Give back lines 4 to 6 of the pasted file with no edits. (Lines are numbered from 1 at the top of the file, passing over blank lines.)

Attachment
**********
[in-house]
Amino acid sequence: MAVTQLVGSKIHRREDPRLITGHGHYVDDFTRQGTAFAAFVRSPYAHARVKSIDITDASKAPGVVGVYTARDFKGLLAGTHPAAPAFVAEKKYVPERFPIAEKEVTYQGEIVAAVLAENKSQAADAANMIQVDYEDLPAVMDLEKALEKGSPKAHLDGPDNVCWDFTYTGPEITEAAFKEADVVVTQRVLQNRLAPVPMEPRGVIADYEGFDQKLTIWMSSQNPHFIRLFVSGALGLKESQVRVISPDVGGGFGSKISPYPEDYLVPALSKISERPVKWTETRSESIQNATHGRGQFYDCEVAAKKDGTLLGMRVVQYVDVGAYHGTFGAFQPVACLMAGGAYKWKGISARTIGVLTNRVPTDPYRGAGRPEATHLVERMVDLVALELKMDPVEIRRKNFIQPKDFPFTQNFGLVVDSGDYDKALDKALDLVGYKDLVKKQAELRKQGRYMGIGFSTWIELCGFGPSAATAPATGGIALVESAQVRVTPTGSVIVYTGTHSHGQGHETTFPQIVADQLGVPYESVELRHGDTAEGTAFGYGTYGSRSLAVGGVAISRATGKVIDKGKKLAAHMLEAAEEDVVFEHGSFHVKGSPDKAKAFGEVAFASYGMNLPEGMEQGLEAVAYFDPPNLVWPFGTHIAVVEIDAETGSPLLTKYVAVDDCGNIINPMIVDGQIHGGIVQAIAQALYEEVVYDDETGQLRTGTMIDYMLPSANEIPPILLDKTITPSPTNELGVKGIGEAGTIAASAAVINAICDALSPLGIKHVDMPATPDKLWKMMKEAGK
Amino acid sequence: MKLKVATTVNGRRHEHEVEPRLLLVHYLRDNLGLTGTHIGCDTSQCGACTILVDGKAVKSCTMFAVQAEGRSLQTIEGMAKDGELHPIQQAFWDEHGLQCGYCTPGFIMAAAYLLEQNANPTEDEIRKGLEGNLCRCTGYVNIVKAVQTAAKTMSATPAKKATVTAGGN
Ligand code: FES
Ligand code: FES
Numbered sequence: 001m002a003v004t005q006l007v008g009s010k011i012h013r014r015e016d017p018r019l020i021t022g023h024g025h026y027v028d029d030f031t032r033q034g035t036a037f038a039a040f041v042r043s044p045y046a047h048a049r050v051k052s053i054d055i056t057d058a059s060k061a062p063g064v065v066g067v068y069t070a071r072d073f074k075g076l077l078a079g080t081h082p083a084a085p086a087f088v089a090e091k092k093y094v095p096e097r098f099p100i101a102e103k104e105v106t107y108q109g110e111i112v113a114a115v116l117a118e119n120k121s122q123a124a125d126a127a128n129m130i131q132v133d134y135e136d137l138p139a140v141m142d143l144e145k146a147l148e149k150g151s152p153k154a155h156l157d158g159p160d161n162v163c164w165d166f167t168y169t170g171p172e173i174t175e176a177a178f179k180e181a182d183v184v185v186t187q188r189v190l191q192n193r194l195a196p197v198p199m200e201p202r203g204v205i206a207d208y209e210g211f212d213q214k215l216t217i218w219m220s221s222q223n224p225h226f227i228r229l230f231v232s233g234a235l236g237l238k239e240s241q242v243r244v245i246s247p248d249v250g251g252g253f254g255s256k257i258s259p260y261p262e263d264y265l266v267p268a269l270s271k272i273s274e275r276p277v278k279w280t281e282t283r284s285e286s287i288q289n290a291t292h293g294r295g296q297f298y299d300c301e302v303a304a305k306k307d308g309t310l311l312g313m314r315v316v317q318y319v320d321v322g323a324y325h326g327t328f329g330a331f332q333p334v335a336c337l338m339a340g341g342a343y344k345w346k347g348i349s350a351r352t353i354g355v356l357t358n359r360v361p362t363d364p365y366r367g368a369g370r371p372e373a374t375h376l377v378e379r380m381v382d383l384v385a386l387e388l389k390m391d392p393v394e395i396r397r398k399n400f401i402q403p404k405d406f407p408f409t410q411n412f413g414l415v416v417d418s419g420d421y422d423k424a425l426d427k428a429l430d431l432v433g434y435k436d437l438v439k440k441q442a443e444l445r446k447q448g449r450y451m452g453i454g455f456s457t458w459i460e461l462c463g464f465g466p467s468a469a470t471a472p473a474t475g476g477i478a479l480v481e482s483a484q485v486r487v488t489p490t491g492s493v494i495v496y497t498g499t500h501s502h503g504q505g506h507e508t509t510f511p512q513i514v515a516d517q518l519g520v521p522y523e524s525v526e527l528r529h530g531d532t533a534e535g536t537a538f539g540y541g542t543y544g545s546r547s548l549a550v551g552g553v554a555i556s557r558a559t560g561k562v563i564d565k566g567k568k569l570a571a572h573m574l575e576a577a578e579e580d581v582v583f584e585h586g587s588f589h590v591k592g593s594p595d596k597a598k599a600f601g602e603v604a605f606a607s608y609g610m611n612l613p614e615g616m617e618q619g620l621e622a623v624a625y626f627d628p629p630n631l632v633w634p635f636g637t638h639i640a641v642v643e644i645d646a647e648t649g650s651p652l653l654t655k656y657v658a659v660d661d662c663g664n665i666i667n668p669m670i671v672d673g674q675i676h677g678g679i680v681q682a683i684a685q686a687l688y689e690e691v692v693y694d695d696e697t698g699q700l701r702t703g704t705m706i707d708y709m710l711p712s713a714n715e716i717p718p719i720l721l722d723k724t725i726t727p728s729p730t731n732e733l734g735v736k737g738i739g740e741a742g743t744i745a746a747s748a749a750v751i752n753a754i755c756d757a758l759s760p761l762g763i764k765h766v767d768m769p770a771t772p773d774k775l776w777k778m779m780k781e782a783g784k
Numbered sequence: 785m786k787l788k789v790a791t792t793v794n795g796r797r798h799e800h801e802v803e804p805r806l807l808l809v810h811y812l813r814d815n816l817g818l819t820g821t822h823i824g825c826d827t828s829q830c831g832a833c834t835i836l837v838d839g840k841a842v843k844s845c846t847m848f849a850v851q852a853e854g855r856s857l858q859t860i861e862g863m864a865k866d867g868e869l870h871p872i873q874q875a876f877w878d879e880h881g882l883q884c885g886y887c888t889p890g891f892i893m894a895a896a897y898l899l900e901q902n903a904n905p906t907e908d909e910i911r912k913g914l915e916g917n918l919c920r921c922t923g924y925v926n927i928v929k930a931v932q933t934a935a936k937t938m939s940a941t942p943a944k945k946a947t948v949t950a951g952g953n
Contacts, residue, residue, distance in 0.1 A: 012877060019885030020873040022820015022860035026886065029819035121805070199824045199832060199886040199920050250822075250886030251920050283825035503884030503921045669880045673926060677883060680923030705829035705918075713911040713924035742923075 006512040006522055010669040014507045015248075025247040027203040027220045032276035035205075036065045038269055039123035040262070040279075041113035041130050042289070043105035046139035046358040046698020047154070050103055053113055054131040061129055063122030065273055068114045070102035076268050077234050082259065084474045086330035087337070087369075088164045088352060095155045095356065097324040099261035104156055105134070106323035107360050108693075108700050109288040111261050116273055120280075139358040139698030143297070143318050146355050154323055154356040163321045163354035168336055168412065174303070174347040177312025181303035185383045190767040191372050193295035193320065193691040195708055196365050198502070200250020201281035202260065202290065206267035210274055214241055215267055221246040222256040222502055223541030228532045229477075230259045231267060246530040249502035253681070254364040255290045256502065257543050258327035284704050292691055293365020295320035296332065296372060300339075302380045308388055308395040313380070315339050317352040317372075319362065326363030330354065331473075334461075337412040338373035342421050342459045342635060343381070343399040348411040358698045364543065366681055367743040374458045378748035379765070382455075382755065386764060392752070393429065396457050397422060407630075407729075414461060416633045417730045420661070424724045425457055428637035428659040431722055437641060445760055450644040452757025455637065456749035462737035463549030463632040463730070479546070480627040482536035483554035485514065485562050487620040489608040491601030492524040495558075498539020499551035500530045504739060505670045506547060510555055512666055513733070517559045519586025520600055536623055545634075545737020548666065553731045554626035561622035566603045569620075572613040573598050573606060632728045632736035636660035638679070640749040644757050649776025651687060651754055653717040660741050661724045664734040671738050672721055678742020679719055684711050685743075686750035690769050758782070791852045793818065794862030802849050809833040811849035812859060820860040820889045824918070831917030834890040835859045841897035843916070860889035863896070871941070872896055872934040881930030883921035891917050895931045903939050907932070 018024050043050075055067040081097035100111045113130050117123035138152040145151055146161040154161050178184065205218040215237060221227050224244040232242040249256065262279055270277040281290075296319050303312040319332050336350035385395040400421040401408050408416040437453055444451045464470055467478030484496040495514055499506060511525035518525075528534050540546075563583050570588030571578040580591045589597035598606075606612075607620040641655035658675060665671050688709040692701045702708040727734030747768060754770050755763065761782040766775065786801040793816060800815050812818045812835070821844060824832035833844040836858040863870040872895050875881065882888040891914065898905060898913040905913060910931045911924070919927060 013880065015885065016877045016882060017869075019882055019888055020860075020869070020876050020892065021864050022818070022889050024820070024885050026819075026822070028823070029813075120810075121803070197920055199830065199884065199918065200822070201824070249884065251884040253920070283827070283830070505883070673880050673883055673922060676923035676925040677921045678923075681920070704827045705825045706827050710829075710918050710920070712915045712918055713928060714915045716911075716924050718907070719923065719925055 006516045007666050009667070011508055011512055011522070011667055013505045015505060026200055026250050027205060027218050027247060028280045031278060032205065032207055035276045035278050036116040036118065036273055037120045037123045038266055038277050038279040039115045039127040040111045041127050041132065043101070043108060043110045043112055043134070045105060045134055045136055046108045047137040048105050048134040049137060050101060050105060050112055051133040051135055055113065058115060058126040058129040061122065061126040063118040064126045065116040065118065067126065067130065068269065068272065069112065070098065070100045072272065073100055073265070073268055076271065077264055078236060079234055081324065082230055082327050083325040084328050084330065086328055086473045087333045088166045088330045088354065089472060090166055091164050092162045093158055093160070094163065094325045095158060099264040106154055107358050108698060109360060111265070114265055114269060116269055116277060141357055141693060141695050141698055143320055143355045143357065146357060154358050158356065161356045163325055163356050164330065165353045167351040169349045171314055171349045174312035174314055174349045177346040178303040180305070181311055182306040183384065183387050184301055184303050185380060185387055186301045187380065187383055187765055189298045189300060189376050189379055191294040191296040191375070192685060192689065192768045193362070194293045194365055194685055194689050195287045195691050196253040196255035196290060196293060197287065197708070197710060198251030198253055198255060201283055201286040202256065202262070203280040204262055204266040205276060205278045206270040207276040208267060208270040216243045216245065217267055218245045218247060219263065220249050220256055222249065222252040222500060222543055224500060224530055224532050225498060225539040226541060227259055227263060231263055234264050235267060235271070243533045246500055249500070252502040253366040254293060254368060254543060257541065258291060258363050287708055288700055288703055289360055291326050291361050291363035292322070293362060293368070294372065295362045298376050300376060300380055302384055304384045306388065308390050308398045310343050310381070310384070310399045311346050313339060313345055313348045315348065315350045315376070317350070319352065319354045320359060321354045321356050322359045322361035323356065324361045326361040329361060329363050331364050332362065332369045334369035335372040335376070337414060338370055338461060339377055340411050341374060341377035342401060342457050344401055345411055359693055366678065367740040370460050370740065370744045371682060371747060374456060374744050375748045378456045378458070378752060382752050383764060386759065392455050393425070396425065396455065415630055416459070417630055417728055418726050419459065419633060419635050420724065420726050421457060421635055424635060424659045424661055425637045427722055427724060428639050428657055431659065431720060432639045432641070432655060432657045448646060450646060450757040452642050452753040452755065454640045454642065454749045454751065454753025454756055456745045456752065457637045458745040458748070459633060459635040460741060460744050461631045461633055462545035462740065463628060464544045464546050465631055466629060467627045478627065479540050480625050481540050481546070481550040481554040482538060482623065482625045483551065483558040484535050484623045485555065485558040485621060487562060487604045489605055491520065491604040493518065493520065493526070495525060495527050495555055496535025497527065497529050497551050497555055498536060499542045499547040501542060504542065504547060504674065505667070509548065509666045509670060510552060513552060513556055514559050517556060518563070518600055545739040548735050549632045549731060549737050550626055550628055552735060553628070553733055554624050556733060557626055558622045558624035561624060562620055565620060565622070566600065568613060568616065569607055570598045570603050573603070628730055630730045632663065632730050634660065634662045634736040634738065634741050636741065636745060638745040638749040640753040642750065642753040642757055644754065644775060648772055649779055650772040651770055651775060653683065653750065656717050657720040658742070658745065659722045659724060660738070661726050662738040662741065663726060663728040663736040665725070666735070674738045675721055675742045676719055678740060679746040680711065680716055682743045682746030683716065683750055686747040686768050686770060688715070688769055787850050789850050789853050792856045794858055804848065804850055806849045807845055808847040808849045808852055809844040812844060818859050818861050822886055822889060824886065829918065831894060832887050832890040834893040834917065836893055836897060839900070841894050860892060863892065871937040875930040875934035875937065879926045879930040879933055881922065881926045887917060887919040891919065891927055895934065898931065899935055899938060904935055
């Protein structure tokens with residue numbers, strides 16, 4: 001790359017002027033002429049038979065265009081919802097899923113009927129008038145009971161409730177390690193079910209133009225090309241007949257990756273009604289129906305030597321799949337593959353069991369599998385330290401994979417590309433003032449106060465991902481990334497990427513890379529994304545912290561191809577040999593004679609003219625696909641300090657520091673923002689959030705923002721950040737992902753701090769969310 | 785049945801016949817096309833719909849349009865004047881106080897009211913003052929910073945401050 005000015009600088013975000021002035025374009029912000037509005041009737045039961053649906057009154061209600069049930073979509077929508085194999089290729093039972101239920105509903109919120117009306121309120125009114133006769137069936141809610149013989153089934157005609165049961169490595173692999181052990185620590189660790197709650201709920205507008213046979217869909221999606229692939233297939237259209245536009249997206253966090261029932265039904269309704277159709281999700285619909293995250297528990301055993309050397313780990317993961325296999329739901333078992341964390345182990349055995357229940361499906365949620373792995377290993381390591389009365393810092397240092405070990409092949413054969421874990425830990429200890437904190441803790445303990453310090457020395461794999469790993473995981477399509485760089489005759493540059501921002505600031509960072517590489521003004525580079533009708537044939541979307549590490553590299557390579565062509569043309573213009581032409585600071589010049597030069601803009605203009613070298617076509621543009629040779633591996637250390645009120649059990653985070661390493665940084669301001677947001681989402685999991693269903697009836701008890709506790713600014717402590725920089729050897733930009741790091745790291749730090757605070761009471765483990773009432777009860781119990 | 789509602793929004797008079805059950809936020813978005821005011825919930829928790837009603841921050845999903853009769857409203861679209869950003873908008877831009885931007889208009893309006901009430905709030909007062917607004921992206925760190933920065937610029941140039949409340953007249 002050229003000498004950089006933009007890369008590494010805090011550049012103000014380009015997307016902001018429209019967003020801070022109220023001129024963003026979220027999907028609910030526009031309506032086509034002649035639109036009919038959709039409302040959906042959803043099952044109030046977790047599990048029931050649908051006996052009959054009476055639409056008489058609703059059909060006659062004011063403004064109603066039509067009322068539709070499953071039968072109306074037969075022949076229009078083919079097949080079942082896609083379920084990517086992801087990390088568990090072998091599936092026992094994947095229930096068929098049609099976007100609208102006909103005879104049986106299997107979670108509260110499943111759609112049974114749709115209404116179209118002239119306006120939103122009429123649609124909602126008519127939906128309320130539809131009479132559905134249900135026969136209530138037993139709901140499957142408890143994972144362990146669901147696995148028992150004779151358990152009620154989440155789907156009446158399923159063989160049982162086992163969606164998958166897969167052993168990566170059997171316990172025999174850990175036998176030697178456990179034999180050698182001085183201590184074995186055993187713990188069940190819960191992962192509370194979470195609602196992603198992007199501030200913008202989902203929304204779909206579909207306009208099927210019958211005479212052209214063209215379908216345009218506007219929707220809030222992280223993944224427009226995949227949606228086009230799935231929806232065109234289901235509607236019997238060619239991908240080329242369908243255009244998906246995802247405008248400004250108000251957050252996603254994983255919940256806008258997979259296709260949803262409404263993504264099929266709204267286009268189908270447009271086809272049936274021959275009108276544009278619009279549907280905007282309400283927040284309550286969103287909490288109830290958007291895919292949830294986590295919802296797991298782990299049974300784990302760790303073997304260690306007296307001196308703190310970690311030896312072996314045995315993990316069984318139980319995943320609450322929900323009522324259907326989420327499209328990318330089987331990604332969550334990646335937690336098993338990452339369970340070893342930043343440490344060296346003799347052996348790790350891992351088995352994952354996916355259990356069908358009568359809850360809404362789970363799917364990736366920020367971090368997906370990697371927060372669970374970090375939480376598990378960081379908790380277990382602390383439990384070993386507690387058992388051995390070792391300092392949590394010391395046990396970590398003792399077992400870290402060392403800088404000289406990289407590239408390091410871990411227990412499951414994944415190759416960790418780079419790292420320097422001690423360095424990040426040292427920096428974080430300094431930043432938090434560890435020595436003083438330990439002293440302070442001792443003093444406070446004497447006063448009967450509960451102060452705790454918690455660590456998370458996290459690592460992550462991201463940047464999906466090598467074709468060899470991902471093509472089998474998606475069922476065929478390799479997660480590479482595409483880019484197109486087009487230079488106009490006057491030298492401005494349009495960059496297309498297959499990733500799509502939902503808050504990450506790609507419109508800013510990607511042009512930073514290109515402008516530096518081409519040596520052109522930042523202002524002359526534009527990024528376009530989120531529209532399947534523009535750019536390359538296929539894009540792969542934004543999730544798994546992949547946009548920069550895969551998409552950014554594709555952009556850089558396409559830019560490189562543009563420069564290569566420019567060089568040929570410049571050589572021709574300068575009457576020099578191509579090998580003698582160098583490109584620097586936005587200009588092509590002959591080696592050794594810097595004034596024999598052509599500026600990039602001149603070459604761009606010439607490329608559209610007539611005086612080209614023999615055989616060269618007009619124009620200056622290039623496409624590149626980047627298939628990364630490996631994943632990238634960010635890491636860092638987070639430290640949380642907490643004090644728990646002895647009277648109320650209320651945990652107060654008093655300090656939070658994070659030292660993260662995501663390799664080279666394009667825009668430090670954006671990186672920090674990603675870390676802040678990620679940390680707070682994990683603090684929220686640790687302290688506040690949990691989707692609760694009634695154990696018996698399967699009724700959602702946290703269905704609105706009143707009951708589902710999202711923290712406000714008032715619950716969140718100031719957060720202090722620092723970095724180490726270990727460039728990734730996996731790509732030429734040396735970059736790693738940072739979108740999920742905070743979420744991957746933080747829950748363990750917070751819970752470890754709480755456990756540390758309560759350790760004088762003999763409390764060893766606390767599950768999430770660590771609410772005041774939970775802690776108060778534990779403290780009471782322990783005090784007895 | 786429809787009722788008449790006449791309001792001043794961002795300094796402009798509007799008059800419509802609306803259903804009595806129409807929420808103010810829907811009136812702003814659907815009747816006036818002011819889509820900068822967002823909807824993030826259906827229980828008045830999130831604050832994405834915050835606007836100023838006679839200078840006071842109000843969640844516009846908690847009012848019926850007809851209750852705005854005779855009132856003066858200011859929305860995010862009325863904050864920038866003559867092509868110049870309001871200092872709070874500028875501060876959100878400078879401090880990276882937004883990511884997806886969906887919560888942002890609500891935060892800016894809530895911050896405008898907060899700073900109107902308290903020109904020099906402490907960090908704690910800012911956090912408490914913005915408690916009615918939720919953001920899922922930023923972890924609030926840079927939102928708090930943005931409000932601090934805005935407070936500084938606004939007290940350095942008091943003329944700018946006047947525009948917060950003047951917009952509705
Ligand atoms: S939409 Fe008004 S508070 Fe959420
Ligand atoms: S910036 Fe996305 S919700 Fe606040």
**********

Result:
Ligand code: FES
Ligand code: FES
Numbered sequence: 001m002a003v004t005q006l007v008g009s010k011i012h013r014r015e016d017p018r019l020i021t022g023h024g025h026y027v028d029d030f031t032r033q034g035t036a037f038a039a040f041v042r043s044p045y046a047h048a049r050v051k052s053i054d055i056t057d058a059s060k061a062p063g064v065v066g067v068y069t070a071r072d073f074k075g076l077l078a079g080t081h082p083a084a085p086a087f088v089a090e091k092k093y094v095p096e097r098f099p100i101a102e103k104e105v106t107y108q109g110e111i112v113a114a115v116l117a118e119n120k121s122q123a124a125d126a127a128n129m130i131q132v133d134y135e136d137l138p139a140v141m142d143l144e145k146a147l148e149k150g151s152p153k154a155h156l157d158g159p160d161n162v163c164w165d166f167t168y169t170g171p172e173i174t175e176a177a178f179k180e181a182d183v184v185v186t187q188r189v190l191q192n193r194l195a196p197v198p199m200e201p202r203g204v205i206a207d208y209e210g211f212d213q214k215l216t217i218w219m220s221s222q223n224p225h226f227i228r229l230f231v232s233g234a235l236g237l238k239e240s241q242v243r244v245i246s247p248d249v250g251g252g253f254g255s256k257i258s259p260y261p262e263d264y265l266v267p268a269l270s271k272i273s274e275r276p277v278k279w280t281e282t283r284s285e286s287i288q289n290a291t292h293g294r295g296q297f298y299d300c301e302v303a304a305k306k307d308g309t310l311l312g313m314r315v316v317q318y319v320d321v322g323a324y325h326g327t328f329g330a331f332q333p334v335a336c337l338m339a340g341g342a343y344k345w346k347g348i349s350a351r352t353i354g355v356l357t358n359r360v361p362t363d364p365y366r367g368a369g370r371p372e373a374t375h376l377v378e379r380m381v382d383l384v385a386l387e388l389k390m391d392p393v394e395i396r397r398k399n400f401i402q403p404k405d406f407p408f409t410q411n412f413g414l415v416v417d418s419g420d421y422d423k424a425l426d427k428a429l430d431l432v433g434y435k436d437l438v439k440k441q442a443e444l445r446k447q448g449r450y451m452g453i454g455f456s457t458w459i460e461l462c463g464f465g466p467s468a469a470t471a472p473a474t475g476g477i478a479l480v481e482s483a484q485v486r487v488t489p490t491g492s493v494i495v496y497t498g499t500h501s502h503g504q505g506h507e508t509t510f511p512q513i514v515a516d517q518l519g520v521p522y523e524s525v526e527l528r529h530g531d532t533a534e535g536t537a538f539g540y541g542t543y544g545s546r547s548l549a550v551g552g553v554a555i556s557r558a559t560g561k562v563i564d565k566g567k568k569l570a571a572h573m574l575e576a577a578e579e580d581v582v583f584e585h586g587s588f589h590v591k592g593s594p595d596k597a598k599a600f601g602e603v604a605f606a607s608y609g610m611n612l613p614e615g616m617e618q619g620l621e622a623v624a625y626f627d628p629p630n631l632v633w634p635f636g637t638h639i640a641v642v643e644i645d646a647e648t649g650s651p652l653l654t655k656y657v658a659v660d661d662c663g664n665i666i667n668p669m670i671v672d673g674q675i676h677g678g679i680v681q682a683i684a685q686a687l688y689e690e691v692v693y694d695d696e697t698g699q700l701r702t703g704t705m706i707d708y709m710l711p712s713a714n715e716i717p718p719i720l721l722d723k724t725i726t727p728s729p730t731n732e733l734g735v736k737g738i739g740e741a742g743t744i745a746a747s748a749a750v751i752n753a754i755c756d757a758l759s760p761l762g763i764k765h766v767d768m769p770a771t772p773d774k775l776w777k778m779m780k781e782a783g784k